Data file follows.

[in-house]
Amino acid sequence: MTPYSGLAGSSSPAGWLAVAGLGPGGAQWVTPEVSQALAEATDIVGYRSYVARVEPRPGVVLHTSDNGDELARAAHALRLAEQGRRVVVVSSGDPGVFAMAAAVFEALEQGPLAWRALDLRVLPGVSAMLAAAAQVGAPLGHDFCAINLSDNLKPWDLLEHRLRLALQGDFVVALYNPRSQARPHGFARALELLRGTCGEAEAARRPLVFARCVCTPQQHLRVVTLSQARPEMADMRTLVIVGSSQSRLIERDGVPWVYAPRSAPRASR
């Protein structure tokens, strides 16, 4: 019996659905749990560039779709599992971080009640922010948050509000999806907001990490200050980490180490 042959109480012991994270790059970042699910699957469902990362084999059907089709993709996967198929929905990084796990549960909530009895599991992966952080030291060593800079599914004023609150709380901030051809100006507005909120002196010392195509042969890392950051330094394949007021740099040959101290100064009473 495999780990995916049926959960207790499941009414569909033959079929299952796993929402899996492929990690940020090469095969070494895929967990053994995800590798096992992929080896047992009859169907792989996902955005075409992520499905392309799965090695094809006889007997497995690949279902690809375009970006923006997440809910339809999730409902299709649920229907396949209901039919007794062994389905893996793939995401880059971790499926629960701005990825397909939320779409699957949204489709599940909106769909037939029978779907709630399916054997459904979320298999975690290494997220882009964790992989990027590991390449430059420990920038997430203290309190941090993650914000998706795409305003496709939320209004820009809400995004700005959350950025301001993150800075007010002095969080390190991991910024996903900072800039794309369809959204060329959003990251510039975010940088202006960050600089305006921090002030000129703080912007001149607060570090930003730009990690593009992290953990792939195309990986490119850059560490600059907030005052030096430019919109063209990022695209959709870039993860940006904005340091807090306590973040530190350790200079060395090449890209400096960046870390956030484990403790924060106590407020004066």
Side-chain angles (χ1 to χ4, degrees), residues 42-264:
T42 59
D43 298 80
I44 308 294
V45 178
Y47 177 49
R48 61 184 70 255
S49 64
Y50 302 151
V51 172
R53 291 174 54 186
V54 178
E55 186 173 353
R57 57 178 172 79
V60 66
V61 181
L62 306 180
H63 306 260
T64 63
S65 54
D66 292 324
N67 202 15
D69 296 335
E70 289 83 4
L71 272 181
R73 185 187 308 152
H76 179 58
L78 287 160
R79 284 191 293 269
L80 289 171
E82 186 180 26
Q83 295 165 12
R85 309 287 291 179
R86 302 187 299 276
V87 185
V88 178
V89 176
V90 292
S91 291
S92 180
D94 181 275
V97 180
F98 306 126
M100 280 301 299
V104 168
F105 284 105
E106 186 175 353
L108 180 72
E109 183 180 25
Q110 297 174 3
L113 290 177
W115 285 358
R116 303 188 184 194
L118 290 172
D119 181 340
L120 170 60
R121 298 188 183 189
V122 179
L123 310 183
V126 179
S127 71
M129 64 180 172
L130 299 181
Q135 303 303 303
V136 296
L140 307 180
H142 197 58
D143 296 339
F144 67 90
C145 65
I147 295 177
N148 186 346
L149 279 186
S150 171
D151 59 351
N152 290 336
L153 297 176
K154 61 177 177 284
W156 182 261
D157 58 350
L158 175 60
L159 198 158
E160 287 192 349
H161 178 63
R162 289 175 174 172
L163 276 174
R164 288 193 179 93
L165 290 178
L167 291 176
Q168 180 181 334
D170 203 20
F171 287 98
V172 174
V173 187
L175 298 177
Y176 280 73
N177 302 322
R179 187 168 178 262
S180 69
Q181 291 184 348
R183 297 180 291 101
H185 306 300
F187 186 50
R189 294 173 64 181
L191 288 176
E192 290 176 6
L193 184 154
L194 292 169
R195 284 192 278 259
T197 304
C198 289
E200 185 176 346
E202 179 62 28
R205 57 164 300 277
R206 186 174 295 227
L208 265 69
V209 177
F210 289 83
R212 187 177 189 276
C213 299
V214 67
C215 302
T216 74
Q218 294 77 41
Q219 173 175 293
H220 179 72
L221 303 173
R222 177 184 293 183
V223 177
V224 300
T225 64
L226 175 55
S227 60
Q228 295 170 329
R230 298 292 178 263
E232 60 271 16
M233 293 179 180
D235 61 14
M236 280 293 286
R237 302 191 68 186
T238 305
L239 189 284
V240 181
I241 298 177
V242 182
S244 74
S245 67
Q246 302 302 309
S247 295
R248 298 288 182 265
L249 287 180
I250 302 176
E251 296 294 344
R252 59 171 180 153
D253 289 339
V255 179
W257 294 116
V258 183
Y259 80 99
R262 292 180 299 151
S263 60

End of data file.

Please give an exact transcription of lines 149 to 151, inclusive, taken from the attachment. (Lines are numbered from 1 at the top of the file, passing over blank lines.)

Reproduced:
S244 74
S245 67
Q246 302 302 309